2. Eric Original says:

    I don’t see any “Austrian” economists on that list. That’s because they are first and foremost shills for the rich. Such a position would be a betrayal to their masters.

  3. stonedwino says:

    the only way to fix this is taxation. Inequality was almost non-existent to anything we have now in the US, back when top tax rates were 90%. Once the top tax rates started coming down, inequality has surged since the 1980′s as taxes for the top taxes brackets kept on coming down.

    We need new, much higher tax rates for millionaires and even higher for billionaires.

    “Money is like manure; it’s not worth a thing unless it’s spread around encouraging young things to grow.” = Thornton Wilder

    • san_fran_sam says:

      I can’t believe that i am saying this but, taxation is not the only way to solve this problem.

      Taxation is a means to fund the programs that support those below the poverty level. Programs like food stamps, subsidized housing, etc.

      A better solution would be to pay a living wage so that those who work don’t have to get on such programs to begin with. One means of this is stronger union laws. Strong unions counterbalance the power of strong corporations.

      Another would be to remove the tax benefits of executive salaries including bonuses and stock options. if you can’t deduct the costs, there is less incentive to overpay.

      Another way would be to limit the ratio of executive salaries to the average salary of non-management employees. Or combine that with salary tax benefit limit. For example, the CEO can only make 40 times the average salary of non-management employees. If they want to make more it has to come out of shareholders pockets.

      • the pearl says:

        One of the myths of CEO pay, at least in the mega public corporations, is that CEO pay comes out of cash flows which normally would be available for other employee wages. Most CEO’s pay comes out of the shareholder pockets in the form of options grants, restricted stocks, etc. For example, Elon Musk made 78 million bucks and only 38k was salary and bonuses. This is universally the case for most companies. This fact is conveniently left out of the debate because it destroys the narrative that the CEO’s are taking up all of the wages which would be normally available for employees.

        http://www.aflcio.org/Corporate-Watch/CEO-Pay-and-You/100-Highest-Paid-CEOs

  4. stonedwino says:

    “Austrian” economics was born out of the Austro-Hungarian empire and has always been a “shill for the rich”…then again, I am Serbian and God knows we put a stop to that Empire once and for all with Gavrilo Princip. Too bad we couldn’t silence the Austrian economists too…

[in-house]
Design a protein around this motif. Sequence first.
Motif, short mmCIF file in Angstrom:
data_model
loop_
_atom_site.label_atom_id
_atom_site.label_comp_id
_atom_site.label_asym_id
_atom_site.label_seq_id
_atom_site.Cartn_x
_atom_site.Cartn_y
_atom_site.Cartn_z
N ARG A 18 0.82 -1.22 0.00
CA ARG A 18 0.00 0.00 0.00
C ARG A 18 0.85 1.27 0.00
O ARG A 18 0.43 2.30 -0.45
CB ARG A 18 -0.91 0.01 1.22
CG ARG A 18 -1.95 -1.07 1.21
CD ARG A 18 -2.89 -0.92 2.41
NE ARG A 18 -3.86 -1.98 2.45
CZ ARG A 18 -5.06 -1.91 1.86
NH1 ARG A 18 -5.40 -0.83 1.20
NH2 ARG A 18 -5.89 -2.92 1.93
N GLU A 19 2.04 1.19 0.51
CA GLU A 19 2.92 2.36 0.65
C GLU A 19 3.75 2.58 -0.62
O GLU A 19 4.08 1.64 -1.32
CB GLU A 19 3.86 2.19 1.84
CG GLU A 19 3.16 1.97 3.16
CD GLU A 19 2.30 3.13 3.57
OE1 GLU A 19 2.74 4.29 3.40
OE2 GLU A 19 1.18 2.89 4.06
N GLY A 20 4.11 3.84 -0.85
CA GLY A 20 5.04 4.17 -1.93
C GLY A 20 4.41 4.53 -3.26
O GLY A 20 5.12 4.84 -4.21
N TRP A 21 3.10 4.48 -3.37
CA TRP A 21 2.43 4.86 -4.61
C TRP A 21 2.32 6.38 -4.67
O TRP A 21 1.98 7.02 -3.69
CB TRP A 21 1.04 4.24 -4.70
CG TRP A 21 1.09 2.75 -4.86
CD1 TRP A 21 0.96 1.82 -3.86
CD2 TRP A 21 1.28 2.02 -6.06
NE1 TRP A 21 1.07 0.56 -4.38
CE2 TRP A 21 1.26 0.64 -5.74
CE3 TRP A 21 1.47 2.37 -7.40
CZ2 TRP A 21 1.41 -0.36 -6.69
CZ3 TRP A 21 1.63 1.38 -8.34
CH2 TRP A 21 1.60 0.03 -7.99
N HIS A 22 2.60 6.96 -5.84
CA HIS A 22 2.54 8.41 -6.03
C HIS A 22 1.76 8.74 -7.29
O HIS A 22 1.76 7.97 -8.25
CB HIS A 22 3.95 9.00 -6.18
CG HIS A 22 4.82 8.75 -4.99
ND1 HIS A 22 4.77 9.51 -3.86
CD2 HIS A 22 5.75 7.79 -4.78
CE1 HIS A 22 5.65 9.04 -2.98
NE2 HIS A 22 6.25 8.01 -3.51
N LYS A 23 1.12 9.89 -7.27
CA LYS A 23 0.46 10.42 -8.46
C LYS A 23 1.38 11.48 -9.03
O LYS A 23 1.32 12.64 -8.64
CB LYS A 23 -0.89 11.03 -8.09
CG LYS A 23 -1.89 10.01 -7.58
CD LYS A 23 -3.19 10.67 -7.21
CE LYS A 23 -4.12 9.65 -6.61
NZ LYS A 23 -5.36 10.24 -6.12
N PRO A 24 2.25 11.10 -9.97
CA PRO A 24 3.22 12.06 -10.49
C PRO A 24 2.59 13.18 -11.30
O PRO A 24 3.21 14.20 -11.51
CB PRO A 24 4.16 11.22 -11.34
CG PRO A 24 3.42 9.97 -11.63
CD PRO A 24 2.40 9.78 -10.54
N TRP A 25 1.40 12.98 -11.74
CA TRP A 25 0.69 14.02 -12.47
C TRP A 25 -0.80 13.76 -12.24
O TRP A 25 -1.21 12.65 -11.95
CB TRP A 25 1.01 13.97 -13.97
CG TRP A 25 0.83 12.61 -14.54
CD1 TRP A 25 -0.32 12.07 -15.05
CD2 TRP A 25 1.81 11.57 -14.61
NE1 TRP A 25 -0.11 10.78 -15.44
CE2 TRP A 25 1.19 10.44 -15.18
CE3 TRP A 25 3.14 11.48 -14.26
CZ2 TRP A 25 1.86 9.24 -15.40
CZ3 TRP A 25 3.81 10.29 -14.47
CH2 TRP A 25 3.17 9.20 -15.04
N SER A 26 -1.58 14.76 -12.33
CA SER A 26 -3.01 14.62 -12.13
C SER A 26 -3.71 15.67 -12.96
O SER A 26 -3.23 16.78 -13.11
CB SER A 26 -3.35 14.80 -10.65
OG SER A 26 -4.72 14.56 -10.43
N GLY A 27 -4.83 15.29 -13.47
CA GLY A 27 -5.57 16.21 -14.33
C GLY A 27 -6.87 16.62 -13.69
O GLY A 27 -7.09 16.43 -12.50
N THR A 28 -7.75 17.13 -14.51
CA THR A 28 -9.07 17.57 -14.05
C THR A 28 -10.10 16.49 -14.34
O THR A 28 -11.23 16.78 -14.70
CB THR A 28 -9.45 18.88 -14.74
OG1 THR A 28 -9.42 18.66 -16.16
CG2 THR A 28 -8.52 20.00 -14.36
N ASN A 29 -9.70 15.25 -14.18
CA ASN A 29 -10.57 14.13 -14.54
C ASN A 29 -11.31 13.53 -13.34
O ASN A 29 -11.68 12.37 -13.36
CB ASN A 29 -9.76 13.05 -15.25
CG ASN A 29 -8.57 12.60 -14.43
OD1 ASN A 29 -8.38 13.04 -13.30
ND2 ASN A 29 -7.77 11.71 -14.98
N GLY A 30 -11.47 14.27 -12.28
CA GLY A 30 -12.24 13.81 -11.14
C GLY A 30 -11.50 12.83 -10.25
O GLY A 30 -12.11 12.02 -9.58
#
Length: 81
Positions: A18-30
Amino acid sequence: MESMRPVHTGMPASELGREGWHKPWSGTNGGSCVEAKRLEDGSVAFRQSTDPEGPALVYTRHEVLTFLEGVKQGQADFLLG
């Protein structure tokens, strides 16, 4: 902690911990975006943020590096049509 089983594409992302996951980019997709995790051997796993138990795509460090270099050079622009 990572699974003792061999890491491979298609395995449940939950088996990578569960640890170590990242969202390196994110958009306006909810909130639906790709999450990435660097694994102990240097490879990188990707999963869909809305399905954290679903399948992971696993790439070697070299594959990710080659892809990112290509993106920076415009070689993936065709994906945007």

5. scottinnj says:

    Eventually there will be a backlash. It will either be (a) eliminating carried interest and some sort of lifting the cap on salary for social security contributions or (b) guillotines. Hopefully our best and brightest can figure this out.

    • the pearl says:

      One of the main myths of social security is that it is an entitlement program. Nothing is farther from the truth. Folks are “paid out” a stream of cash flows based on their earnings history. Any lifting of the cap on social security tax will simply result in those paying more, receiving more benefits. You are not going to decrease income equality unless you change the entire structure and mission of the social security system. Once you change the SS program from benefits being earned to being entitled you open it up to a nuclear attack by the far right. Anybody who has spent 15 minutes educating themselves on the SS program comes to the realization that they are being paid back their own money, even those on the right.

      • DeDude says:

        You are right that social security is paid for by those who receive the benefits. However it does have a redistribution structure to it such that if you have made half of the median salary for all of your life you get a higher % return of your money than if you made twice the median salary. Because of the cap on contributions those making 2-3 times median salary are carrying a lot more of the weight of this redistribution than those in the top 1%. Even worse, if you are making your money by capital gains (instead of gainful employment) you don’t carry any of the weight of this redistribution, because for some strange reason not all types of income is subject to these taxes.

  6. KJMClark says:

    The Krugman “conversion” is more interesting. I think his heart was telling him for a long time that inequality was a major part of the problem, but as of a few years ago, he at least claimed that he couldn’t see why that would be the case.

    It’s a bit nebulous concept. Why would the spending of the rich be less valuable than the spending of the rest? Isn’t it the same money either way? But the problem lies in behavioral economics, which is why he still doesn’t completely see it. The rest of us look at our dwindling (or disappearing) paychecks and either can’t spend money or absolutely refuse to. The rich look at their constantly increasing paychecks and both tend to save more and have the same not-interested-in-spending-it reflex, because things are looking bad all over. The net result is that concentrating the wealth and income means money velocity collapses during bad times.

    A missing component is that the “rest of us” are also more prone to advertising, so lots of people spent themselves into serious debt trying to be like the wealthy. Eventually behavioral economics will explain that – wealth disparity increases chances of bubbles. We’re dealing with the aftermath of those. The solution last time was to confiscate the excess profits of the rich to fund the war effort, and a massive world war to create spending. So far, we haven’t found any solution this time.

    • Biffah Bacon says:

      I feel like Krugman is a Reagan Democrat type, fiscally kind of tight but not cheap and desirous of some kind of narrative about economics that conforms with notions of rational systems. Like many academics and ivory tower types I think he has a difficult time comprehending the irrationality of the bulk of humanity and how that irrationality is reflected in the economic systems he studies.

    • DeDude says: